May 14, 2016:

UW Climate Change Video Awards, 7-9 p.m., Town Hall Seattle

May 17, 2016:

Urban Forest Symposium

May 25, 2016:

SEFS Year-End Celebration, 4:30-6:30 p.m., AND 207

June 10, 2016:

SEFS Graduation, 10:30 a.m., Kane Hall 130



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We’ve plowed through a pile of talks and events the past couple weeks, but we aren’t done yet!

First, tomorrow—Tuesday, May 3—we will have the final faculty candidate talk for the Forest Ecosystem Science and Services position, Professor Holly Barnard from the University of Colorado-Boulder: “Coupled carbon - water processes in a rapidly changing world: how landscape structure influences forest resilience.” Her talk will be held in the Forest Club Room from 9:30 to 10:30 a.m., to be followed by a reception. (Please not the earlier time!)

After that, SEFS doctoral student Catherine Kuhn passed along word of a great panel coming up on Wednesday, May 4, “Rethinking Data Science for the Social Sciences: Urban Sociology.” One of the panelists is Dr. Karen Seto from the Yale School of Forestry and Environmental Studies, and Catherine says Karen does amazing research regarding urbanization and environmental science. The panel has a focus on urban sociology, but lots of this research is intimately connected to questions of sustainability and development. Held in Kane Hall 225 from 12:30 to 2:30 p.m., the event is open to the public and no RSVP is required.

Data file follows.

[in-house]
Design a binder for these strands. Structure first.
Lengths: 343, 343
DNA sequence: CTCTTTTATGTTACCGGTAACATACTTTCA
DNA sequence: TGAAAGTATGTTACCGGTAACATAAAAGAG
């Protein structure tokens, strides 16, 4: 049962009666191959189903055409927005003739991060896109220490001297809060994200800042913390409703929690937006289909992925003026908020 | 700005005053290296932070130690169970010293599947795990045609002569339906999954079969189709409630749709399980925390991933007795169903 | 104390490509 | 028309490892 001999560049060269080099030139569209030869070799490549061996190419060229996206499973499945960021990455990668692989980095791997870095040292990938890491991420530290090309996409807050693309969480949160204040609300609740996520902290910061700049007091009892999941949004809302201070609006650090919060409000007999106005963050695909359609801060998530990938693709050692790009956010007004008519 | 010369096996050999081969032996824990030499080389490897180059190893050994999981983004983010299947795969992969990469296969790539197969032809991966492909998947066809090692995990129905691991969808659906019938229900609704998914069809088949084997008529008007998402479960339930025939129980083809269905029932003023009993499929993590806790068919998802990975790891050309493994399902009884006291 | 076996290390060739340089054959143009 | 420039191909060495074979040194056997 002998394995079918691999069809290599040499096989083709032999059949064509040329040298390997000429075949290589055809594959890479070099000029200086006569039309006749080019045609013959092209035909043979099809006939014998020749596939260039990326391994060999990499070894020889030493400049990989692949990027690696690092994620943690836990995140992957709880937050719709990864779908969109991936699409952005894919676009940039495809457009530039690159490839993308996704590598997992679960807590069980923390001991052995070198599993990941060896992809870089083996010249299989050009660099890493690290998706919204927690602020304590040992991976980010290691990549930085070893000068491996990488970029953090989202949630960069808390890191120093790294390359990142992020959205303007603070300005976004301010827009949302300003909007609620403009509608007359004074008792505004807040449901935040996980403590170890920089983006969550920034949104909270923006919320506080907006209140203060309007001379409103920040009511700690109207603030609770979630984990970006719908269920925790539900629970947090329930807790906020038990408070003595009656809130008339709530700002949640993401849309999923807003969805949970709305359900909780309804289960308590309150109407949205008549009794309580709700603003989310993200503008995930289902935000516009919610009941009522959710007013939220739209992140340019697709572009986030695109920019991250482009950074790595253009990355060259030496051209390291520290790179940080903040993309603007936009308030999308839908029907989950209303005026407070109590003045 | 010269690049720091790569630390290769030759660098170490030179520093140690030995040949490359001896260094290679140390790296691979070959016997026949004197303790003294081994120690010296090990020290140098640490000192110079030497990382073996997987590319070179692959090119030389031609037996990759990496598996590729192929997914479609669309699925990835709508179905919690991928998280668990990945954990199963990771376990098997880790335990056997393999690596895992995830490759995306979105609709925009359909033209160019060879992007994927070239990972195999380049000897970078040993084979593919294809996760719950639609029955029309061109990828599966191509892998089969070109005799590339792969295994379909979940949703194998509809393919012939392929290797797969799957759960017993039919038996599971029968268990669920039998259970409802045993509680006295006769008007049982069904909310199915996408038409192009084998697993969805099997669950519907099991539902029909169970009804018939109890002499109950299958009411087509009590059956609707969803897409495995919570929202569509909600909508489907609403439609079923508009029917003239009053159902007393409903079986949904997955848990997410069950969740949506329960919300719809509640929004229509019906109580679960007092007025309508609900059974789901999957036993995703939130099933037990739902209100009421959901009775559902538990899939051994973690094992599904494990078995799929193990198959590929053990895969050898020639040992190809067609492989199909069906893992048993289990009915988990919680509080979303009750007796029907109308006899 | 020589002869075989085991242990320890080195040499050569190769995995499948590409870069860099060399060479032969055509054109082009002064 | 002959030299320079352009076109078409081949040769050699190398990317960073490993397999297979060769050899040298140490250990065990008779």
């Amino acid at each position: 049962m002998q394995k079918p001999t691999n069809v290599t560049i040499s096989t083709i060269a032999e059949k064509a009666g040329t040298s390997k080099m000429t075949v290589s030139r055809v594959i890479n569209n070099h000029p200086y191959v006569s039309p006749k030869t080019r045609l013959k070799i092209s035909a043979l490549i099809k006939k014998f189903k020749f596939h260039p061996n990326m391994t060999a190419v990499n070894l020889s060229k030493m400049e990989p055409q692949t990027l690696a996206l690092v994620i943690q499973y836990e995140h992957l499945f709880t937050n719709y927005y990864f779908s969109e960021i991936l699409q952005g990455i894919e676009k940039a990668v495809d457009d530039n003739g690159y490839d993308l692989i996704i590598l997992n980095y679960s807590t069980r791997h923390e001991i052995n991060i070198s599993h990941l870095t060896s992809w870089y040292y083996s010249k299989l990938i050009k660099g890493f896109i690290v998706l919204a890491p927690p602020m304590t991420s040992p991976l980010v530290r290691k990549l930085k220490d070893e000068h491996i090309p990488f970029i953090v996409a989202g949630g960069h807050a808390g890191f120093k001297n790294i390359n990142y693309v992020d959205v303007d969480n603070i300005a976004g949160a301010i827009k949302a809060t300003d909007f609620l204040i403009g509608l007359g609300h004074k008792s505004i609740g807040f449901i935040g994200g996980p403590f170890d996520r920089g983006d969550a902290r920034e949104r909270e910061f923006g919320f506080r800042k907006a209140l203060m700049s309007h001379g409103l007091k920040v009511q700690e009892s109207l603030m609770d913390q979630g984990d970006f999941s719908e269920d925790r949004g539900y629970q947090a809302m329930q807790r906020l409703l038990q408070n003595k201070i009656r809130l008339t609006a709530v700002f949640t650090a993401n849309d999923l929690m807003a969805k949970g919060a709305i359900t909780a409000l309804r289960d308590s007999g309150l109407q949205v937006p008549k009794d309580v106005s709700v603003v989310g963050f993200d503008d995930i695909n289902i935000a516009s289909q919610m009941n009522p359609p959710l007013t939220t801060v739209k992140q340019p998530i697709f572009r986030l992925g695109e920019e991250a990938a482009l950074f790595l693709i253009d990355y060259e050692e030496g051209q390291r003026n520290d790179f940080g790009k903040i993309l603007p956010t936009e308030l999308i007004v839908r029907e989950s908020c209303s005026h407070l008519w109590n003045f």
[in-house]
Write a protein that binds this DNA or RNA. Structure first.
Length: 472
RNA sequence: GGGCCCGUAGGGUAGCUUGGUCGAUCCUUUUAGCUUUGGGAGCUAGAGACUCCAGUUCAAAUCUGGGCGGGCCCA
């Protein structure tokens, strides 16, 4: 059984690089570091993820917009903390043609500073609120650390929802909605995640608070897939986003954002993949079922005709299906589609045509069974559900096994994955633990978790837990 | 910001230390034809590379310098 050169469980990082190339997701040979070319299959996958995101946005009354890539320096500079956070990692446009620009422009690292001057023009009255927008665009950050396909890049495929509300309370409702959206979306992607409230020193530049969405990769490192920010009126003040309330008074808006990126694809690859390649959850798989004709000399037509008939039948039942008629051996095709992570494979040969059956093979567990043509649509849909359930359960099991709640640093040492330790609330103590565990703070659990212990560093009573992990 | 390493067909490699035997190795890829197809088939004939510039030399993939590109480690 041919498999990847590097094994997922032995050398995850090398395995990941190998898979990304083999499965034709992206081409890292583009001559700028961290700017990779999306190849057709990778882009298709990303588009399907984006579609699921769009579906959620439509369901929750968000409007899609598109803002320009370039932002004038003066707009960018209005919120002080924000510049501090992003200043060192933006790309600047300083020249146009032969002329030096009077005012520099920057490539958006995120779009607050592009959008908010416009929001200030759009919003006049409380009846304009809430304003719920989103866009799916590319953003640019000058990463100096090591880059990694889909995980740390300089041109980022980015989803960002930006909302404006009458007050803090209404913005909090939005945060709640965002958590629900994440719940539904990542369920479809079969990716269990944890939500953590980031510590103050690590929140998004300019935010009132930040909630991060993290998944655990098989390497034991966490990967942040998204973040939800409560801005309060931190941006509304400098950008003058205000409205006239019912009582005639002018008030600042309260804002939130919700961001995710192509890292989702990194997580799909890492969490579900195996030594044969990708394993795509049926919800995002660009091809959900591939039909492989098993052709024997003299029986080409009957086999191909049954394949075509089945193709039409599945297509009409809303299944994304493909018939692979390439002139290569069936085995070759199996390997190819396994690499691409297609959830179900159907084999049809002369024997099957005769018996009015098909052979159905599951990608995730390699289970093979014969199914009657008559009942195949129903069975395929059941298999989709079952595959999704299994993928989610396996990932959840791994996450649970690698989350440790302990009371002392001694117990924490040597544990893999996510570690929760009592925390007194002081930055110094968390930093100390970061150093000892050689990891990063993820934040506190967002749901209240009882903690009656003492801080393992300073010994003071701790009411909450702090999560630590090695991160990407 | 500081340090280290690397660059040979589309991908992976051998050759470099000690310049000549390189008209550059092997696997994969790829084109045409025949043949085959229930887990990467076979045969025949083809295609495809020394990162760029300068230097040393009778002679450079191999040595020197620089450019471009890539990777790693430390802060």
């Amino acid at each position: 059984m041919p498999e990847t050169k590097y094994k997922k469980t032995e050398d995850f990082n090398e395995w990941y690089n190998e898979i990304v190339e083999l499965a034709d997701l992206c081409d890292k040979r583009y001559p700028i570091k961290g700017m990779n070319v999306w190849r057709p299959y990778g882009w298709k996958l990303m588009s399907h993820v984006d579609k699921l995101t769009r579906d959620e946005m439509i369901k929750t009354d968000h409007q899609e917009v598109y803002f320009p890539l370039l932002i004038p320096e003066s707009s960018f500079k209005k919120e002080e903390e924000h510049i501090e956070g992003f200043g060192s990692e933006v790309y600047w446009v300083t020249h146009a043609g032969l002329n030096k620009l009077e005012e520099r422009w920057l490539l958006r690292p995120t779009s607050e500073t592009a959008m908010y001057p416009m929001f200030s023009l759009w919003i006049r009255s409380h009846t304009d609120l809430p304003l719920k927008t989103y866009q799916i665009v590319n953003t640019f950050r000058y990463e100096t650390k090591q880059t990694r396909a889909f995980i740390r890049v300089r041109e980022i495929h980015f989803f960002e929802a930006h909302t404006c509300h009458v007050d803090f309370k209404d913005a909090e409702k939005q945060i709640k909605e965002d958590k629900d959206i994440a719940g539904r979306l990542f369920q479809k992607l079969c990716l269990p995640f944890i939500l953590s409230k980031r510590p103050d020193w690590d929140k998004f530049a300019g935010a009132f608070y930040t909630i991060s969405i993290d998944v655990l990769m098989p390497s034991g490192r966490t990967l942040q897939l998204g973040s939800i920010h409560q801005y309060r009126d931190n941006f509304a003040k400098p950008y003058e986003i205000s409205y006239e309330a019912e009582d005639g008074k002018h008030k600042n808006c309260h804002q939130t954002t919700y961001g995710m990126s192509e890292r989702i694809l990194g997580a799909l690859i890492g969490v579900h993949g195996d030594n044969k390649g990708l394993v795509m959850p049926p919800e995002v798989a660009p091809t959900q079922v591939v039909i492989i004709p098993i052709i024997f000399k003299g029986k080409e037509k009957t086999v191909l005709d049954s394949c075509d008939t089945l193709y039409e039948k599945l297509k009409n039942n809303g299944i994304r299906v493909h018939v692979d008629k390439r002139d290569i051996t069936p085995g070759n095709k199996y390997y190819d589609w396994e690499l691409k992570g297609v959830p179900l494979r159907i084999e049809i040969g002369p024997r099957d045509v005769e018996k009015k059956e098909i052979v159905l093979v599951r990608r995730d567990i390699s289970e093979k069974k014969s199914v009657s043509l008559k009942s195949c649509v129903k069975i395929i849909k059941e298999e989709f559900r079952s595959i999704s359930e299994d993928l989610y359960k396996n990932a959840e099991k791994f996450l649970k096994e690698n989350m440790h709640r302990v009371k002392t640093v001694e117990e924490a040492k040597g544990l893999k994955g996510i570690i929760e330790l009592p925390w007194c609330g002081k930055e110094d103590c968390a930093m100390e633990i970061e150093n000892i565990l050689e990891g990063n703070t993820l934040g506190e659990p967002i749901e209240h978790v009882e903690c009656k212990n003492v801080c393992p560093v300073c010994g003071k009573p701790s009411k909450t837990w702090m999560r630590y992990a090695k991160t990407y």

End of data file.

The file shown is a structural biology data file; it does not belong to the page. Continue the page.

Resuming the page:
Next week, on Tuesday, May 10, the Society of American Foresters - UW Student Chapter invites you to a year-end pizza and root beer float social at 5 p.m. in the Forest Club Room. They will also be holding elections for the 2016-2017 academic year for four officer positions: chair, vice chair, treasurer and secretary. If you have any questions about the event or are interested in a specific position, please contact Marisa Bass. Hope you can make it!

A day later, on May 11, the College of the Environment is holding its Spring Celebration from 3:30 to 5 p.m. in the Fishery Sciences lobby (first floor). Dean Lisa Graumlich invites you to join her for ice cream and sundaes as we celebrate the end of the year and recognize the winners of the 2016 College awards—including, if you don’t mind some kudos butting into the events, our very own Professor Josh Lawler (Outstanding Researcher), Isabella Carrera Zamanillo (Outstanding Community Impact - Student), and Chang Dou (Exceptional Mentoring of Undergraduates). Congratulations to these deserving award winners, and RSVP if you’re able to join the celebration honoring them!

Eventually, we’ll cap off the year on Friday, June 10, with the SEFS Graduation Celebration, which will feature SEFS alumnus Phil Rigdon (’96, B.S.) as the keynote speaker. The ceremony will be held at 10:30 a.m. in Kane Hall 130, to be followed by a reception in the Anderson Hall courtyard. RSVP now!